Virginia Tech Selling Beer In Club Seats MWC Struggling To Keep Up With Power Five Michigan Ends Legends Uniform Program Drake's Pics Draw Univ. Of Kentucky's Ire UAB Football Returning In '17 NCAA Giving $18.9M To D-I Schools Bob Bowlsby Happy With Big 12 Setup ACC To Let Schools Handle Punishments Sun Belt Wants Fewer Big-Money CFB Games Patterson Quashes Reports Of Texas Issues
SBD/August 11, 2011/Colleges
NCAA Announces It Will Make Revisions To Rulebook In Coming Months
Published August 11, 2011
SWEEPING CHANGES: Emmert said that the current NCAA rulebook is “cumbersome and ‘needs some serious editing’ so that it focuses on the most-important violations and attaches penalties that will deter people from breaking rules.” The presidents also “talked about enforcement issues, such as the problem of agents’ wooing players.” Many presidents agreed that the “changes can’t come fast enough.” Spanier said, “Too many things are not working well.” Univ. of California-Riverside Chancellor Timothy White added that “now is the time for ‘tough love’” (COLUMBUS DISPATCH, 8/11). CBSSPORTS.com’s Dennis Dodd wrote the university presidents and NCAA officials “mean business.” If they “accomplish half of what they talked about Wednesday in an afternoon presser, then amateur athletics, not just college athletics, will have changed significantly.” The presidents “potentially did more in the last two days than their predecessors did in the last 60 years." Dodd wrote, "It looks like players are finally going to be paid. It will be a modest amount and the NCAA will bend over backwards to make it look like it's not pay for play, but let's be honest. It is. It's also fair” (CBSSPORTS.com, 8/10).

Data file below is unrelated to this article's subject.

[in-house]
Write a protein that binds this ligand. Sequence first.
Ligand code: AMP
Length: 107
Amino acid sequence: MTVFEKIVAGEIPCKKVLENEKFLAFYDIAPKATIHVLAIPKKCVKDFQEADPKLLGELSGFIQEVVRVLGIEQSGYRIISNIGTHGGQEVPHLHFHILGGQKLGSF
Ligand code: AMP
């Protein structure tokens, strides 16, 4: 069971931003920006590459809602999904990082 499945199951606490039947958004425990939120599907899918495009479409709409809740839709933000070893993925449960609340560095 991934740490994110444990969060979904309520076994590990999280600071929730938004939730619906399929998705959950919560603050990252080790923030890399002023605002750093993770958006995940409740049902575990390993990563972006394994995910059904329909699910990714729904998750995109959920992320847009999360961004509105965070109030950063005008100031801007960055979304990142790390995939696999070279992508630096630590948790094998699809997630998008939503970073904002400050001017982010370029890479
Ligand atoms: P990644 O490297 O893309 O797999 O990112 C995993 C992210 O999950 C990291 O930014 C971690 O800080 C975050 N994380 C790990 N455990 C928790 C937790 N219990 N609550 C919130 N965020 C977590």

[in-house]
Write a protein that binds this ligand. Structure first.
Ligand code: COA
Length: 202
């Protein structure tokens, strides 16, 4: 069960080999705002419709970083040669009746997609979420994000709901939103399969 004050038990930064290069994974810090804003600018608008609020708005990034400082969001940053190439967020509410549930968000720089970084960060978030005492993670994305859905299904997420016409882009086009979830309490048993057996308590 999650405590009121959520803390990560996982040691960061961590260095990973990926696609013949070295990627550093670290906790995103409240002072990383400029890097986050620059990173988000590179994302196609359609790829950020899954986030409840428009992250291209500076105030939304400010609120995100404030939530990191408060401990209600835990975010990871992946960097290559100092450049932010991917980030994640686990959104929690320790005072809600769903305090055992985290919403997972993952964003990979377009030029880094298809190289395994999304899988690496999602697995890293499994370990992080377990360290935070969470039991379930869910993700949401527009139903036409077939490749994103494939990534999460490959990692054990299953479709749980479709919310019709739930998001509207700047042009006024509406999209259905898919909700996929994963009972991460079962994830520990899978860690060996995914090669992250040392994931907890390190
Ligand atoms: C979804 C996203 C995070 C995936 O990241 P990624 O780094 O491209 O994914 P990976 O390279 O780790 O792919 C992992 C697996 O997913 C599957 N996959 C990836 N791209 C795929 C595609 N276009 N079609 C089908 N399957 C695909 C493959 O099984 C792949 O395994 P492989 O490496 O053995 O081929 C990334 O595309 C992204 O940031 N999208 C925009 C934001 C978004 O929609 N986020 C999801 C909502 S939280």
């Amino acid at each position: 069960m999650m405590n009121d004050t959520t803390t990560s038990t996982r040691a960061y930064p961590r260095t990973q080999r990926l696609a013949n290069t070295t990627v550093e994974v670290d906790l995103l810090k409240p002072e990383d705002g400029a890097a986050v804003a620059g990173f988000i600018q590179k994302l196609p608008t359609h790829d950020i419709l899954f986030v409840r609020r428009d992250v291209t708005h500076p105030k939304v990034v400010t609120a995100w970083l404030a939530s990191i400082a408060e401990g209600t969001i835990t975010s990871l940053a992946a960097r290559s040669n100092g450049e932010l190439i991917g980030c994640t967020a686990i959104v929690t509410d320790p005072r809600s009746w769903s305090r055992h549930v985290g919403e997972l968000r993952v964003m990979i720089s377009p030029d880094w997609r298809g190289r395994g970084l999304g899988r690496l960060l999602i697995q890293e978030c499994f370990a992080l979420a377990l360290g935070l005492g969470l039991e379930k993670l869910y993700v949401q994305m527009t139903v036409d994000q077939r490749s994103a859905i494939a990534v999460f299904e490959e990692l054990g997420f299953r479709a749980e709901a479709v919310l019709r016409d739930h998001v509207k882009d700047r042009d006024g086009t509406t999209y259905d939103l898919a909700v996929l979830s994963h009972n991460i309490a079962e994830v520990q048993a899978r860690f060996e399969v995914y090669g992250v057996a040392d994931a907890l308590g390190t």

MUCH ADO ABOUT NOTHING? In Indianapolis, Bob Kravitz writes under the header, “So Much Noise, So Little Progress.” Kravitz: “You know what kills me about these presidents' retreats, aside from the fact they talk about helping kids and never find room at the table for a single student-athlete? They say they talk about substantive issues and throw around terms like ‘comprehensive’ and ‘reform’ and nonsense like that, and nothing significant ever seems to change” (INDIANAPOLIS STAR, 8/11).